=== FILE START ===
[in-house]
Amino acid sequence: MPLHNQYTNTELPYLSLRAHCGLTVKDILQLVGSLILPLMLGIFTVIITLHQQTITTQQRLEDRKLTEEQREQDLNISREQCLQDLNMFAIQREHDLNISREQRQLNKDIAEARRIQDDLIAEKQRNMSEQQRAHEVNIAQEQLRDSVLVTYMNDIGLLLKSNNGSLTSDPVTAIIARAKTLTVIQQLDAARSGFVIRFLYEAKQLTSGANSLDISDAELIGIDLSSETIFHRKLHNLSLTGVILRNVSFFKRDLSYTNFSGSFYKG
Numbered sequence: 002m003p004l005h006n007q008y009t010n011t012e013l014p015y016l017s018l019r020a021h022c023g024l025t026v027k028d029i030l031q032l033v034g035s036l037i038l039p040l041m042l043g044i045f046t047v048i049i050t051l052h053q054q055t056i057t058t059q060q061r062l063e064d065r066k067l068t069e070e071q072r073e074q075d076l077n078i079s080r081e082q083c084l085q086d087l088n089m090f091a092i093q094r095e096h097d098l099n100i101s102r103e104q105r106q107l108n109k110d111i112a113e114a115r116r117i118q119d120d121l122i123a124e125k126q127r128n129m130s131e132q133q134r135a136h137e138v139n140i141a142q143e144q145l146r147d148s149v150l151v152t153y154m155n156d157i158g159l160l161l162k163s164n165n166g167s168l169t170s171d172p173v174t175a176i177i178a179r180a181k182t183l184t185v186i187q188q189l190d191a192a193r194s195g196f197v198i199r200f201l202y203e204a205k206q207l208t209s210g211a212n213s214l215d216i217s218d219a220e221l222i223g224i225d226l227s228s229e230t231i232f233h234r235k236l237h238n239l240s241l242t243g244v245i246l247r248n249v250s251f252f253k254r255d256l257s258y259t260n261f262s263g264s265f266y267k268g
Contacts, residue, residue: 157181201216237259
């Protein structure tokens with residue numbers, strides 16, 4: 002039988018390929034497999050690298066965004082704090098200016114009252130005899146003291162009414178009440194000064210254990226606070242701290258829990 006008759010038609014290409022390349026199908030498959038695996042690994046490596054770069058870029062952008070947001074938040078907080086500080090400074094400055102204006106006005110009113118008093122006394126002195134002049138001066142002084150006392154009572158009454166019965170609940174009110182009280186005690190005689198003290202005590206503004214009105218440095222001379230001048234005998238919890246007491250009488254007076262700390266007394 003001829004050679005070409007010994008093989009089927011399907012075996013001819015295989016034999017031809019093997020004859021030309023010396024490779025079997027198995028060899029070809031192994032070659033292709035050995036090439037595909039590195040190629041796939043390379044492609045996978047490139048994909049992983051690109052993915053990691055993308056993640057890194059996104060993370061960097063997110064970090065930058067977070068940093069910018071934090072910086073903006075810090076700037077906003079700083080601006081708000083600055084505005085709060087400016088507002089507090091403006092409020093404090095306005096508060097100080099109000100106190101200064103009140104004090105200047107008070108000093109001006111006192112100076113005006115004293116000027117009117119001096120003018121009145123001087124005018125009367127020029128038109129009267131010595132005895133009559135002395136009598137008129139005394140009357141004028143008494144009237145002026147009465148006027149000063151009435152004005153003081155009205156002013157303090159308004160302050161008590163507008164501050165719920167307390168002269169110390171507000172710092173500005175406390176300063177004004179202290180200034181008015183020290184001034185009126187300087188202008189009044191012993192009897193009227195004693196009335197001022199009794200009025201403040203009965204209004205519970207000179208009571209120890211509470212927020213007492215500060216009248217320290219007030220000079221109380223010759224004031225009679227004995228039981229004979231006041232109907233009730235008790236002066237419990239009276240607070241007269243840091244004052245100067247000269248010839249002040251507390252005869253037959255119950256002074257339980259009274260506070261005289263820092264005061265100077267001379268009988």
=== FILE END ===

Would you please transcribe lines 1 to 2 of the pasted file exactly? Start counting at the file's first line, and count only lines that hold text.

[in-house]
Amino acid sequence: MPLHNQYTNTELPYLSLRAHCGLTVKDILQLVGSLILPLMLGIFTVIITLHQQTITTQQRLEDRKLTEEQREQDLNISREQCLQDLNMFAIQREHDLNISREQRQLNKDIAEARRIQDDLIAEKQRNMSEQQRAHEVNIAQEQLRDSVLVTYMNDIGLLLKSNNGSLTSDPVTAIIARAKTLTVIQQLDAARSGFVIRFLYEAKQLTSGANSLDISDAELIGIDLSSETIFHRKLHNLSLTGVILRNVSFFKRDLSYTNFSGSFYKG